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Problems on the Potomac: How Relocation Policies for Presidential Appointees Can Help Win the Talent War

Carole M. Plowfield and Paul C. Light

Attracting the most talented citizens to public service has been a challenge for America’s leaders since the inception of our nation. Thomas Jefferson expressed concerns about finding honest and capable public servants for his administration, pledging “to seek out the best through the whole Union.” No executive duty “excites more anxious concern…” Jefferson wrote. “No duty, at the same time, is more difficult to fulfill.”

The recruiting challenges facing America’s presidents have intensified since Jefferson’s time. The presidential appointments process has become much more complex, intrusive, and difficult to navigate. As a result, talented Americans are increasingly reluctant to serve in appointed positions. Numerous presidential commissions and task forces have addressed problems in the appointments process over the past 20 years, yet the problems persist. Vacancy rates are rising, delays are escalating, and turnover is increasing. Most importantly, many citizens are opting out of public service altogether.

These problems were evident in a survey of civic and corporate leaders conducted in the fall of 2000 by Princeton Survey Research Associates on behalf of the Brookings Institution’s Presidential Appointee Initiative. Asked whether they would look favorably upon a presidential appointment, these Americans answered both “yes” and “no.” Although most respondents looked favorably on the prospect of serving as an appointee, they were apprehensive about the appointments process and some of its consequences.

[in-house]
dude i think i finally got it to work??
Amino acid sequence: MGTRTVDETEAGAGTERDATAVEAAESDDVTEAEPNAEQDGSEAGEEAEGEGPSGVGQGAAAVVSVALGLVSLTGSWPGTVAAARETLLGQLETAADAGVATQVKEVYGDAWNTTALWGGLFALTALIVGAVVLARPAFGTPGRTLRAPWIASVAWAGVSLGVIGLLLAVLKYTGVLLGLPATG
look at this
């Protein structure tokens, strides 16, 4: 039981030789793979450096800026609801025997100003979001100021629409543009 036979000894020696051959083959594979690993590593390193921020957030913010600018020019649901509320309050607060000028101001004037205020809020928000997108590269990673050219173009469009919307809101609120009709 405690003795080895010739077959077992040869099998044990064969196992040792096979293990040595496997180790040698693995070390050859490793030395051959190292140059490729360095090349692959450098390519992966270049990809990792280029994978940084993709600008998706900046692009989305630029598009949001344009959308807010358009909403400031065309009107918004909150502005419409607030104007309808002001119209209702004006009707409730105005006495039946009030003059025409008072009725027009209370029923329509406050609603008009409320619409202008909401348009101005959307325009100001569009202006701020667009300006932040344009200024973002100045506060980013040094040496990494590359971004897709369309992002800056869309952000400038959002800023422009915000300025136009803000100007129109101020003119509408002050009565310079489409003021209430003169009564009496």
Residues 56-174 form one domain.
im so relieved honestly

The vast majority of the nation?s civic and corporate leaders think serving as a presidential appointee would be an honor. They also see great benefits in presidential service and minimize the drawbacks of taking an appointment. Almost 100 percent of the respondents said they would make valuable contacts through presidential service, eight out of 10 said a presidential appointment would increase their future leadership possibilities, and six out of 10 said they would increase their future earning power. Few said they would lose valuable contacts, risk losing promotions, or be unable to return to their careers.

However, the same group also viewed the current appointments process as unfair, confusing, and embarrassing. Only 43 percent said the process was fair, while 59 percent said it was confusing and 51 percent called it embarrassing. It should be noted that these respondents were significantly more likely to rate the process as unfair, confusing, and embarrassing than appointees who have actually gone through the process. At least for past appointees, familiarity with the process breeds a certain level of understanding and acceptance that may be harder to embrace from afar.

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